[Pigging by Wilfrid: July 16, 2012]
Last week, I joined a party of grizzled experts for dinner at popular Greenwich Village yakiniku Takashi.
A yakiniku is a grill joint -- as opposed to a yakitori, which is a grilled chicken joint. So now you know. Fortunately this wasn't one of the hottest evenings of the last ten days, because this has hardly been the season for sitting over a grill.
One appetizer was under-seasoned beef tartar with a quail egg on top (or, in fact, slithering off the top and off the wooden board, onto the table; oops). The other appetizer was one of the best bites of the evening, uni with a hint of wasabi, ready to be wrapped in a thin slice of chuck flap and seaweed and eaten as a small handroll.
I can't swear the uni was Japanese, but it had a brininess I find lacking in the Californian. I may be wrong. Good it was, although together with the wasabi and seaweed it completely obscured any flavor from the meat.
The main event began with some "first" stomach (the stomachs here are all numbered), apparently raw but in fact "flash-boiled." It was served cool, and was as dry and chewy as you could wish, if not more so. I was reminded of a killer tripe salad I ate at Hospoda last year, in a regretful way.
The casseroled beef tendon cheered me up. This was another contender for best of the night; rich, thickly gravied, incredibly tender. Not as terrifyingly hot as the steam made it look.
On the side, meantime, some pleasingly squishy rice bombs, prickly with Korean seaweed. Other than a few salad leaves, this was our vegetable for the evening.
The chef's selection of offals and organ meats featured liver, sweetbreads, and a couple more stomachs (second and third?). Our group was a group of seven, and immediately looked to me like this wouldn't feed seven.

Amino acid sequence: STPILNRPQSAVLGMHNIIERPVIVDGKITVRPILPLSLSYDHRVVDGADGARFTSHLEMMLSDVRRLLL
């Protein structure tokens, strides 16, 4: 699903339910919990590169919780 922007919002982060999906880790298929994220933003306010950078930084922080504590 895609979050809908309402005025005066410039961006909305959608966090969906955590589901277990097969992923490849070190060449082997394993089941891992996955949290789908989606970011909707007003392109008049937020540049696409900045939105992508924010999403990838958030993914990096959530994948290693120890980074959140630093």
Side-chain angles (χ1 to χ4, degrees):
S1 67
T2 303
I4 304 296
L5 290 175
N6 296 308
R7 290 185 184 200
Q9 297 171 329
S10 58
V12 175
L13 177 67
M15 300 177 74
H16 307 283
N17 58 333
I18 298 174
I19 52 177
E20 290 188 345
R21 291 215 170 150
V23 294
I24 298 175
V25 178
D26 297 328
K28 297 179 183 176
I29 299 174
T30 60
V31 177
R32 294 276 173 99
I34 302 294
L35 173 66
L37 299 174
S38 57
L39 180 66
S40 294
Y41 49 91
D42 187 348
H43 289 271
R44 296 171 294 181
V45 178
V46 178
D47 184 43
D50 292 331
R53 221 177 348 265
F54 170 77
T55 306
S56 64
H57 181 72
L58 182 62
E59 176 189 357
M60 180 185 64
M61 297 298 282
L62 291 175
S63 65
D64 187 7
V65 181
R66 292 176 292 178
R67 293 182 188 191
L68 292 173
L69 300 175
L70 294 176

After the lengthy post-appetizer interval, our server also delivered several beef cuts. In addition to three kinds of tongue, there was skirt steak, ribeye, and a "between-the-rib" short rib cut. We set to work, grilling and turning. We tried flash-grilling the tongue and it was tough. We tried grilling it for a long time, and it was less tough but not very tasty. This may be the first time tongue ever disappointed me.
The short rib cut and the skirt steak were, on the other hand, excellent: quick to cook, melting, buttery, but not enough of any of them. There was a bunch of sauces too.
We also did well with the sweetbreads, although it was hard to caramelise them without them also sticking to the grill. I liked one of the other stomachs; the liver was tough and tasteless, like the tongue.
Finally, a server presented one of the specials, a kind of "andouillette" which turned out strongly to resembles longaniza. The server grilled it herself, then placed it on a board and carved it.
I think we'd have done better ourselves, because it was very underdone, the center of the sausage still raw and speckled with uncooked fat.
A curious place, then, however popular. A kitchen which doesn't cook much, but still takes a long time to send food out. A menu which makes it hard to know if you've ordered enough (we thought we'd over-ordered, but everyone left hungry). And a leap into the unknown when it comes to grilling: I've cooked enough meat over the years to have a sense as to whether cuts need quick or long-cooking, but we seemed to get it wrong often enough here.
As compensation, a few bites here and there which were really good. Not sure if that's enough for $90 a head (including tax and top, and around three beers apiece).